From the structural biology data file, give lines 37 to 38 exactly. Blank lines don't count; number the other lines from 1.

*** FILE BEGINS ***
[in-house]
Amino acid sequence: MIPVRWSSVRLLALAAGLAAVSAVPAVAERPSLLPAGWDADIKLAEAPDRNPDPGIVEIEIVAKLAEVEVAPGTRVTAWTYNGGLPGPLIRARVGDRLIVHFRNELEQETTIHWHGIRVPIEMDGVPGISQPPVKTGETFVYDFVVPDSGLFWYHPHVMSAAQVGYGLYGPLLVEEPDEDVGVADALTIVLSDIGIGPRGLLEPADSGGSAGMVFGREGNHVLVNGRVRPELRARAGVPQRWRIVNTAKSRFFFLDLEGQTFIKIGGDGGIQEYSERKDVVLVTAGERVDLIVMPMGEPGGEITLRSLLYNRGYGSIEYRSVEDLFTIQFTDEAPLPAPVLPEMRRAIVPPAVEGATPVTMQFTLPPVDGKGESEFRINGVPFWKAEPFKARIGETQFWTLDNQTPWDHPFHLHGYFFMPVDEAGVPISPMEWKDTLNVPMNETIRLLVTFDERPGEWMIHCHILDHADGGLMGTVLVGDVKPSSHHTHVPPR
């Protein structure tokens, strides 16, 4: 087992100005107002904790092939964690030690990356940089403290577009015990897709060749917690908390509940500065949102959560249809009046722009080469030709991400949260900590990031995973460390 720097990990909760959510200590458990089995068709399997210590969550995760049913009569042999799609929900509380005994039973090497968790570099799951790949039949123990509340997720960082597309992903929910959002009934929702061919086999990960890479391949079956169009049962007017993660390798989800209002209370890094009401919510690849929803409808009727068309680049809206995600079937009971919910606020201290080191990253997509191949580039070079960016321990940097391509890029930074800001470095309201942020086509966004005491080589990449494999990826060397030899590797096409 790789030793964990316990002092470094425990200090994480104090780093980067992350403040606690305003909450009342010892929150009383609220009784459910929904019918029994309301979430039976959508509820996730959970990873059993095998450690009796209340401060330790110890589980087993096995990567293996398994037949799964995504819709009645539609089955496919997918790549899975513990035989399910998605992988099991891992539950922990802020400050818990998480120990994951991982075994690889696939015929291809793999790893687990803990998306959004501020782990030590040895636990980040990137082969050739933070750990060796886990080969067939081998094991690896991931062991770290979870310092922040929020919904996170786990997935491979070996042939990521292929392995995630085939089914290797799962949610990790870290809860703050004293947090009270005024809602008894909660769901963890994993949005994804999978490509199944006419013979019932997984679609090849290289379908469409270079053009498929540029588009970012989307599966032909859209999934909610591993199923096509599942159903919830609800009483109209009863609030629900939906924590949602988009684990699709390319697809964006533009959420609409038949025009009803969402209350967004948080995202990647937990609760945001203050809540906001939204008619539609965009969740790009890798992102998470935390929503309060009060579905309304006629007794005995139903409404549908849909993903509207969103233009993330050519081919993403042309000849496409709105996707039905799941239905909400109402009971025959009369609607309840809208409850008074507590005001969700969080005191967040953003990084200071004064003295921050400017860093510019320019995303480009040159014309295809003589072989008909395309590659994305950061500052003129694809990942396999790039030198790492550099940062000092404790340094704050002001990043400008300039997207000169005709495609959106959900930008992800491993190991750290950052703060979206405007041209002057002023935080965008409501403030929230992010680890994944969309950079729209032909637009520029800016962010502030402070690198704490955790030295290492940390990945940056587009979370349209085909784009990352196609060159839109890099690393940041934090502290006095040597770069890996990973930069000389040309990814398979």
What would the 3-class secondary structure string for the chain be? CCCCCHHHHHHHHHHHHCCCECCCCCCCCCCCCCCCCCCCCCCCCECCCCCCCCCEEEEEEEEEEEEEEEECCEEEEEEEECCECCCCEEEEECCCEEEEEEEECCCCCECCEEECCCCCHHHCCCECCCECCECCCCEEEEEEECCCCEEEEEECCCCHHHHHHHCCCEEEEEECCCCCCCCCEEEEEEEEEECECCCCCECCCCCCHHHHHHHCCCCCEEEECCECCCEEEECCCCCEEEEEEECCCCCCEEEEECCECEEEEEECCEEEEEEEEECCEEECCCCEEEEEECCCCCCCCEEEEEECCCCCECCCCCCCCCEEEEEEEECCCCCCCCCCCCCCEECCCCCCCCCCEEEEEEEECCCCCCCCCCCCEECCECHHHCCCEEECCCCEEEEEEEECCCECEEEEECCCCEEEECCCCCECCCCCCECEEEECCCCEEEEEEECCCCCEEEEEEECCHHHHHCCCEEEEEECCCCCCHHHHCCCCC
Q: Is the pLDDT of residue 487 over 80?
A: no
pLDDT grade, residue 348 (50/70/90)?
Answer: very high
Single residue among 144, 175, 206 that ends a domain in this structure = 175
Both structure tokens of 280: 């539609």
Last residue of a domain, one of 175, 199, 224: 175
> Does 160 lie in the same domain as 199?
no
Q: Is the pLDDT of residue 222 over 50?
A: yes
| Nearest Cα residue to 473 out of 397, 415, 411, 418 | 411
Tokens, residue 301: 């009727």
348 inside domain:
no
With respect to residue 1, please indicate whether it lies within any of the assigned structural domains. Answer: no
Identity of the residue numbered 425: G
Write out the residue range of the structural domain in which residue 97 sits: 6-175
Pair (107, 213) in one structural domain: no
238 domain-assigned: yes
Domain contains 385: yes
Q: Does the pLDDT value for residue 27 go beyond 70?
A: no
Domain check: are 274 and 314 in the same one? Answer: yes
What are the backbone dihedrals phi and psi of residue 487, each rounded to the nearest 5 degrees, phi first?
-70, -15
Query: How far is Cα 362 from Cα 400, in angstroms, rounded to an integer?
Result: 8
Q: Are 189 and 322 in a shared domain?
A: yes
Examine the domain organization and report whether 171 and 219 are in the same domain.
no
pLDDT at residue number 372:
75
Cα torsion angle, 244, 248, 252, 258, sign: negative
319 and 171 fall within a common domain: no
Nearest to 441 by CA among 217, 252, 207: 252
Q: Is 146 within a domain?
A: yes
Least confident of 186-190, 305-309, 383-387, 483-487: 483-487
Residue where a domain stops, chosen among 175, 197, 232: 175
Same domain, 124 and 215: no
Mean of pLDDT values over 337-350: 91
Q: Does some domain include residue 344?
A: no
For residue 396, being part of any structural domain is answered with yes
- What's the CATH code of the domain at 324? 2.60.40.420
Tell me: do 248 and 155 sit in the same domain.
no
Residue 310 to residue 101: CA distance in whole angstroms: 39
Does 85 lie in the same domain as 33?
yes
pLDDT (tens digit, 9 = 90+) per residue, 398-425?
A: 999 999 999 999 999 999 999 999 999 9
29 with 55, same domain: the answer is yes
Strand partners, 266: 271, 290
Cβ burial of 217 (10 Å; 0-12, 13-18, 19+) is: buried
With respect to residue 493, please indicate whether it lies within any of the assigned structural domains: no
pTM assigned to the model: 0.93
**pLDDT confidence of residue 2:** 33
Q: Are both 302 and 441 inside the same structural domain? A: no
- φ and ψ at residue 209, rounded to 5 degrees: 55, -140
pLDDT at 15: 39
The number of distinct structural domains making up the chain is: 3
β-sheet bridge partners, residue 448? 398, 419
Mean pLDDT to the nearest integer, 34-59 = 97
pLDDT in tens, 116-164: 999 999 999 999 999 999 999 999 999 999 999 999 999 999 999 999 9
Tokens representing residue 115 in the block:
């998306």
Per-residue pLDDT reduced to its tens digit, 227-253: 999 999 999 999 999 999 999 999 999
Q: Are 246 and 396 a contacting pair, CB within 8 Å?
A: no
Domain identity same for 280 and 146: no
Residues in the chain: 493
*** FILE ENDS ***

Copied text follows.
pLDDT at residue number 372:
75